There are few ballet elements in Hora, the new work by the Batsheva Dance Company. (Demonstrators were carrying on outside BAM—possibly the same folk who are demanding that the Park Slope co-op stop stocking products from Israel.) Hora is the work of the company’s artistic director, Ohad Naharin, and it features 11 of his powerful, propulsive dancers—don’t get in their way! Those dominatrix thighs!
At the start, the dancers are seated on a bench at the top of the stage. In various groupings they move toward us, then erupt into their mostly floor-bound activities: almost no lifts or jumps, nothing airborne, nothing light, a lot of squatting. There’s the odd shudder, the odd cork-screwing to the ground; at one point five women rotate on their bottoms. It’s all outbursty rather than fluent. Worst is the use of hideously synthesized morsels of classical music—“The Ride of the Valkyries,” “Prélude à l’après-midi d’un faune,” “Clair de Lune,” the Also Spracht Zarathustra music from 2001: A Space Odyssey. And then, after an hora, it was over.
Finally, a work to which the words “ballet” and “modern” have no relevance. Yes, Boris Eifman was back at the City Center, scene of such previous excrescences of his as Red Giselle, Russian Hamlet, Tchaikovsky and The Brothers Karamazov, all of them hideous throwbacks to Sovietski melodrama. Just as Balanchine lovers can spend hours arguing over which are his greatest 10 or 20 masterpieces, Eifman connoisseurs can enjoy themselves debating which is his absolute worst. It’s usually the last one you’ve seen, in this case Rodin, which thrilled its overwhelmingly Russian audience at the City Center last weekend. Alastair Macaulay calls these pieces “psycho-sexo-bio-dance-dramas” and whereas that’s accurate, it doesn’t fully describe the horror, the horror. (Don’t worry—he takes care of that elsewhere.)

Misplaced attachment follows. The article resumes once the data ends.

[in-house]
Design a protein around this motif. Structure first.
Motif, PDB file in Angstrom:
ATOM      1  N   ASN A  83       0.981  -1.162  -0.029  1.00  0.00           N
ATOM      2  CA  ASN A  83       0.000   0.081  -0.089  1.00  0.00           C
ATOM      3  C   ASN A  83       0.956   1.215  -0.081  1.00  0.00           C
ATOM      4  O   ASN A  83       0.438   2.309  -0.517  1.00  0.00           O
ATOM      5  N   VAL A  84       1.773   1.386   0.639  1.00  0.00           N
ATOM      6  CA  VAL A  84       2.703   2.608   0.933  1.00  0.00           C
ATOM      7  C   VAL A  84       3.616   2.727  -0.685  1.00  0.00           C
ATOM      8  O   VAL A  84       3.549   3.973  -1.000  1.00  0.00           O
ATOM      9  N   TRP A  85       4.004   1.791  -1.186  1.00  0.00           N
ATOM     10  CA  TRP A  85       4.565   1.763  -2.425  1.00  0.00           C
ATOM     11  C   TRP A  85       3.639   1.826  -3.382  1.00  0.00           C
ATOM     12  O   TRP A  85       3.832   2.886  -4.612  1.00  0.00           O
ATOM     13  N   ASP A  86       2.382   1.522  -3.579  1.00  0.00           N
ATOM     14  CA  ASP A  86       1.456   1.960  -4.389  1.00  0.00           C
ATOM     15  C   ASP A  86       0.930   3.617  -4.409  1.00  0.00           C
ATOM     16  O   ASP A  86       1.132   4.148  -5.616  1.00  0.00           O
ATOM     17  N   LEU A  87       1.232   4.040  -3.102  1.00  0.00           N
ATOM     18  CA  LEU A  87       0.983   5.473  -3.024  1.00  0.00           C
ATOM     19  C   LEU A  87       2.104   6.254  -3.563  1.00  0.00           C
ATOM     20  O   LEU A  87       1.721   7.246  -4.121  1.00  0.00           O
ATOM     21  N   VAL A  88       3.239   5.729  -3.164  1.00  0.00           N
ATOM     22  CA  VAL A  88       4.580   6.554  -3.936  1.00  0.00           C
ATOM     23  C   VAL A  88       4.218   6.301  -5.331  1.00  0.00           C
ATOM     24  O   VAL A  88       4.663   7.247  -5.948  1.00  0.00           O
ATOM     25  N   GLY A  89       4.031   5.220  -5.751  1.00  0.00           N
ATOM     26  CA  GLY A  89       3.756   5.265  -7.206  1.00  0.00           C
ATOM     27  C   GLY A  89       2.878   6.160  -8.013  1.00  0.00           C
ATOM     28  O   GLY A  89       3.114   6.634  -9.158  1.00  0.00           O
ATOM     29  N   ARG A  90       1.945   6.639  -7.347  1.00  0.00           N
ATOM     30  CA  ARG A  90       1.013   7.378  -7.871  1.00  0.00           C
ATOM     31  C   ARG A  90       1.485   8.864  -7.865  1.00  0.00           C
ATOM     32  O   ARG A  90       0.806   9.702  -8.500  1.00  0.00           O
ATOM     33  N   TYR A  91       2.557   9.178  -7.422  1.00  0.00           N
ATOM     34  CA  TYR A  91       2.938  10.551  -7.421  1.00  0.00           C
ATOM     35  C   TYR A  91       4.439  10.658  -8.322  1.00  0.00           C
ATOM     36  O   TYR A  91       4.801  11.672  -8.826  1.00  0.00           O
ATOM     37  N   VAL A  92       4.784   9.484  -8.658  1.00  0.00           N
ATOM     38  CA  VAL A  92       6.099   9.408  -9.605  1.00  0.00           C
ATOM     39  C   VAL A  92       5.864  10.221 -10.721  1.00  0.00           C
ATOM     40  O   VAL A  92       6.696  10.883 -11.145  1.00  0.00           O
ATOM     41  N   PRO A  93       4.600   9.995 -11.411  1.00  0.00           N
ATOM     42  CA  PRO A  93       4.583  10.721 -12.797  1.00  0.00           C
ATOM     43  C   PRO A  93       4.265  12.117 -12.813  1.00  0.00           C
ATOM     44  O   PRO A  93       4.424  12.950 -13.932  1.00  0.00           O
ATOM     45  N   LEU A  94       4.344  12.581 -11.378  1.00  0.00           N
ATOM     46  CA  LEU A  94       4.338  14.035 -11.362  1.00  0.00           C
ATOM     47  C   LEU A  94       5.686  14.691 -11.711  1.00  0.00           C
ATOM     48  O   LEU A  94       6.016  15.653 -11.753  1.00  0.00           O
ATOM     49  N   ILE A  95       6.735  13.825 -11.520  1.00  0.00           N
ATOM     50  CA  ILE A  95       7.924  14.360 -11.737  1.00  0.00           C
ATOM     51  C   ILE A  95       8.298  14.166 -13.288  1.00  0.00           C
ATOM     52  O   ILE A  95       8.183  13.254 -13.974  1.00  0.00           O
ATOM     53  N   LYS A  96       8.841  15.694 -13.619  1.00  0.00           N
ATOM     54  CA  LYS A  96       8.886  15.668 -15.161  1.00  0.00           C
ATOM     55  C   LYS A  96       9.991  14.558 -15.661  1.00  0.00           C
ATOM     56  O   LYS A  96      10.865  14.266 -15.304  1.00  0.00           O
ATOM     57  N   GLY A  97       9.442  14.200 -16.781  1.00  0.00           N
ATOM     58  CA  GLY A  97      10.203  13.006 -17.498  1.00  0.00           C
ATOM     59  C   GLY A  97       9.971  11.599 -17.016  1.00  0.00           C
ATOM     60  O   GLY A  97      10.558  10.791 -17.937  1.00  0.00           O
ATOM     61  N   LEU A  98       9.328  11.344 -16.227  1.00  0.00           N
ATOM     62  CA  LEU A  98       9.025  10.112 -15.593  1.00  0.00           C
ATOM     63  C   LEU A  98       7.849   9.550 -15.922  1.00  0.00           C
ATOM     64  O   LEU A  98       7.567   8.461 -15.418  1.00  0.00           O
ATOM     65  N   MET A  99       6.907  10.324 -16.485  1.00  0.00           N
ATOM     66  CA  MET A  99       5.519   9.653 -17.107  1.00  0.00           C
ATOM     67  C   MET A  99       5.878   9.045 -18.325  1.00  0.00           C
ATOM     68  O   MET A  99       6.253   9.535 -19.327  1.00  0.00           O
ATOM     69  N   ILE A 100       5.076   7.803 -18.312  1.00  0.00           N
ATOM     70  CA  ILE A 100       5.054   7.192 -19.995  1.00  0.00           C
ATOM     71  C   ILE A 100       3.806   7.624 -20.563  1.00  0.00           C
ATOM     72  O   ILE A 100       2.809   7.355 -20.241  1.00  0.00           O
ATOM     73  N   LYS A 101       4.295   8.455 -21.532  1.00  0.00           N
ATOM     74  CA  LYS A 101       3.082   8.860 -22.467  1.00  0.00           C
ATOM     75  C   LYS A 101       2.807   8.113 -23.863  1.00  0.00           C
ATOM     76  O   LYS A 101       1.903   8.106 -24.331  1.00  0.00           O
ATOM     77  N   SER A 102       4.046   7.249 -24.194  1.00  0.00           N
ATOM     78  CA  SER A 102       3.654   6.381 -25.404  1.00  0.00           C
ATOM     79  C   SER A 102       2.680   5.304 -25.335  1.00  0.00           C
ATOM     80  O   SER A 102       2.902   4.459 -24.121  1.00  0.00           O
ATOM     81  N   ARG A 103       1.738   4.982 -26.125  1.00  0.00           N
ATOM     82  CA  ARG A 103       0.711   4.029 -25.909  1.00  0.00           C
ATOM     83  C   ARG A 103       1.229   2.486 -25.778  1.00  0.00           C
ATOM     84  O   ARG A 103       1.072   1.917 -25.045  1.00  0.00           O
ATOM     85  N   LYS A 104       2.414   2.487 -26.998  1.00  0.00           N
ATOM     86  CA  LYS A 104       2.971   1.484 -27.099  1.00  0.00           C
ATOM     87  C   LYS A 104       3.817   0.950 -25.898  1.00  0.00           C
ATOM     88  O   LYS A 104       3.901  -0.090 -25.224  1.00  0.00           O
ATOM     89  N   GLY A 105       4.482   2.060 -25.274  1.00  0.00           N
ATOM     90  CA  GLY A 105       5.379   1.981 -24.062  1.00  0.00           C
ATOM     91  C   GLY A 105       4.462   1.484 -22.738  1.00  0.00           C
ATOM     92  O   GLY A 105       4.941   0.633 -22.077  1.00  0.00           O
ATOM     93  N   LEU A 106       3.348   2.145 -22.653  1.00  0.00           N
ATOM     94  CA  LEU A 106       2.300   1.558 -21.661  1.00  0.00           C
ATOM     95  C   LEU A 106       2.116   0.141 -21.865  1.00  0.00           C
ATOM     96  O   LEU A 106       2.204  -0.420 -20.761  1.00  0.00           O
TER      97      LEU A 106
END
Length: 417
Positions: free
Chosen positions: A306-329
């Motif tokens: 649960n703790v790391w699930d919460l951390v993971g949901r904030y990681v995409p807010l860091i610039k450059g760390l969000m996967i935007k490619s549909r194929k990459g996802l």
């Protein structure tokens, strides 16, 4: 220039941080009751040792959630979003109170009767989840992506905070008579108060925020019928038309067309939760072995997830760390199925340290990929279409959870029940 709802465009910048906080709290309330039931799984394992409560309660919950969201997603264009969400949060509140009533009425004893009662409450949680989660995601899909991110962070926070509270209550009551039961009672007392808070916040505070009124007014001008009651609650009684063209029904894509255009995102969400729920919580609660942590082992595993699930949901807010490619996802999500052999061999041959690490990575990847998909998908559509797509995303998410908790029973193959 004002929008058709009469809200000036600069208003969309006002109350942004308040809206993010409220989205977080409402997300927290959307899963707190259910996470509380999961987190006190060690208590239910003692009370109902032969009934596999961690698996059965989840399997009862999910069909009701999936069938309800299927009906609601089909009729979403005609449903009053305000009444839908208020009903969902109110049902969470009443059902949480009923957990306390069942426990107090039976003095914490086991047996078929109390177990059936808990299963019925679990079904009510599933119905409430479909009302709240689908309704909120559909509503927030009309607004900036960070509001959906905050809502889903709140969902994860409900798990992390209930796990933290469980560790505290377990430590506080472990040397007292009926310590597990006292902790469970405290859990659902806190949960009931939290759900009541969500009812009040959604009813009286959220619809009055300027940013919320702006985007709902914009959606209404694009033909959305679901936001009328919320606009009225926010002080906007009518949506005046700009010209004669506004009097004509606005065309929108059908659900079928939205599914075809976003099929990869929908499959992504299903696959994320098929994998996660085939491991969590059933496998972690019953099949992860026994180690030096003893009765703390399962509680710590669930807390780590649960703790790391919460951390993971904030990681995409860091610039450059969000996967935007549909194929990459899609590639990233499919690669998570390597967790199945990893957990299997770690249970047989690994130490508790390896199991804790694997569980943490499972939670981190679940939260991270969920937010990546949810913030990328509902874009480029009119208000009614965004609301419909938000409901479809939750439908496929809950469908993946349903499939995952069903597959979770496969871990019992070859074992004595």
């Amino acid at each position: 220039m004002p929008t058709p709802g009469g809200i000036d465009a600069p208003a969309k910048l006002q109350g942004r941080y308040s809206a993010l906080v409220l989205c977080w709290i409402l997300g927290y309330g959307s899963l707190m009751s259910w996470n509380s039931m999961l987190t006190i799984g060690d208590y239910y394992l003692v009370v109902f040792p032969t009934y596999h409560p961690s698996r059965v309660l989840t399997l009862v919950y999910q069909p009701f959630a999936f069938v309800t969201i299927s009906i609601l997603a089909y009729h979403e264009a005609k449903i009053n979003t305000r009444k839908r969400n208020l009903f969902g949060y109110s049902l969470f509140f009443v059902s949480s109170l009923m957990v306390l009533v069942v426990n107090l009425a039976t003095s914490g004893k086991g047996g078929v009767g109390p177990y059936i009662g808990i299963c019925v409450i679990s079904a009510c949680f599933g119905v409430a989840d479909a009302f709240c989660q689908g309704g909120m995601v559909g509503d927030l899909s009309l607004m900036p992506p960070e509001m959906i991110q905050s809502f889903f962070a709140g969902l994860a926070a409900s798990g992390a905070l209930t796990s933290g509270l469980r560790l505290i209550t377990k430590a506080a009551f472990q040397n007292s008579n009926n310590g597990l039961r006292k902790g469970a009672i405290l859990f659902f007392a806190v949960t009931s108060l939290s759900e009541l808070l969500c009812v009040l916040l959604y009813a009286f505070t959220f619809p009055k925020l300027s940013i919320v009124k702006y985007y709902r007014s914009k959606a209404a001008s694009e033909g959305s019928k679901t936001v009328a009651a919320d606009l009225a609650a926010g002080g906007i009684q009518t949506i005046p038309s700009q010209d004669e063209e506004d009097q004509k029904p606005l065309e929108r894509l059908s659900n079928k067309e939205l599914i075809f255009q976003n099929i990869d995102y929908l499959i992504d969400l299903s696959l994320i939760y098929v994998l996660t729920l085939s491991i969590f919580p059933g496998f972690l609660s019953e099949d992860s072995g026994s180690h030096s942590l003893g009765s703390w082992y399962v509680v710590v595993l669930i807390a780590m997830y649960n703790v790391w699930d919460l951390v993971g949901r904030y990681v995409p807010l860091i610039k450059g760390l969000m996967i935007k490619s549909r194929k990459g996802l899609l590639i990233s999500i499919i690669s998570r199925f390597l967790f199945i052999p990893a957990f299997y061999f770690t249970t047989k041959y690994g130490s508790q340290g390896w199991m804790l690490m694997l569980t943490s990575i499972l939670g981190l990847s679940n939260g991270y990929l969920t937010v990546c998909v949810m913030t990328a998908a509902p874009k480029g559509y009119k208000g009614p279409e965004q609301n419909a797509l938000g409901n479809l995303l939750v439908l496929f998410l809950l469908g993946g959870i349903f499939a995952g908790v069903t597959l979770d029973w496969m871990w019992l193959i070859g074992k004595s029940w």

Poor Rodin—not only is he suffering the anguish of Creation (a recurring theme for the hypercreative Eifman) but he’s torn between his demented mistress, Camille Claudel, and his sex-starved wife, Rosa. No wonder he pounds his chest, writhes, thrusts, and contorts his face into expressions of despair. You would too if you had to visit Camille in the asylum where a flock of grimacing loonies pranced about you in white nightgowns and bonnets. There are happy workmen stomping around Rodin’s studio, there are happy grape-crushers in a harvest celebration, there are happy reporters rushing in and out scribbling about the Master’s latest masterpiece. But most of all there are countless lifts, alternately ecstatic and tragic. And endless ripping off of clothes—his, hers, theirs. Oh, yes—he also sculpts. So does Camille. Eifman is such a confused storyteller that it’s not clear whether, as in some feminist fantasy, she really did all the work while Maestro got all the credit. But the last we see of him he’s up on a platform slamming away at a hunk of marble—bang, bang, bang. Curtain.